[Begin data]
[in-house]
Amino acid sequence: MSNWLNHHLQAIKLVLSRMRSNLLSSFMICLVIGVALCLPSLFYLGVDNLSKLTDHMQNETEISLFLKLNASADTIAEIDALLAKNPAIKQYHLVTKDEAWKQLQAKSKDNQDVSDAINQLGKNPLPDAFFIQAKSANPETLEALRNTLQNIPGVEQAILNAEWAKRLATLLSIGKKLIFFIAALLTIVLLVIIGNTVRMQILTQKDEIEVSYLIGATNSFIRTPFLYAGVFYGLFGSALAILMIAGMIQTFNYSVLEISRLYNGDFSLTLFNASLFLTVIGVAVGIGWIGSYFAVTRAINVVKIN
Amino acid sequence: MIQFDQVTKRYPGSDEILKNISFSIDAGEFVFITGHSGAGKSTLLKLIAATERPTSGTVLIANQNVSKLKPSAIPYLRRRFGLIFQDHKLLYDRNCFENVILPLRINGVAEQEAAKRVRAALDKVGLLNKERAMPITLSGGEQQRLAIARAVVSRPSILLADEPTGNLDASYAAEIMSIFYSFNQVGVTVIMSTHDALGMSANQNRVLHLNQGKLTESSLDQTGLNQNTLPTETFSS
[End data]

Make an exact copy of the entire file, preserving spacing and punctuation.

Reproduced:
[in-house]
Amino acid sequence: MSNWLNHHLQAIKLVLSRMRSNLLSSFMICLVIGVALCLPSLFYLGVDNLSKLTDHMQNETEISLFLKLNASADTIAEIDALLAKNPAIKQYHLVTKDEAWKQLQAKSKDNQDVSDAINQLGKNPLPDAFFIQAKSANPETLEALRNTLQNIPGVEQAILNAEWAKRLATLLSIGKKLIFFIAALLTIVLLVIIGNTVRMQILTQKDEIEVSYLIGATNSFIRTPFLYAGVFYGLFGSALAILMIAGMIQTFNYSVLEISRLYNGDFSLTLFNASLFLTVIGVAVGIGWIGSYFAVTRAINVVKIN
Amino acid sequence: MIQFDQVTKRYPGSDEILKNISFSIDAGEFVFITGHSGAGKSTLLKLIAATERPTSGTVLIANQNVSKLKPSAIPYLRRRFGLIFQDHKLLYDRNCFENVILPLRINGVAEQEAAKRVRAALDKVGLLNKERAMPITLSGGEQQRLAIARAVVSRPSILLADEPTGNLDASYAAEIMSIFYSFNQVGVTVIMSTHDALGMSANQNRVLHLNQGKLTESSLDQTGLNQNTLPTETFSS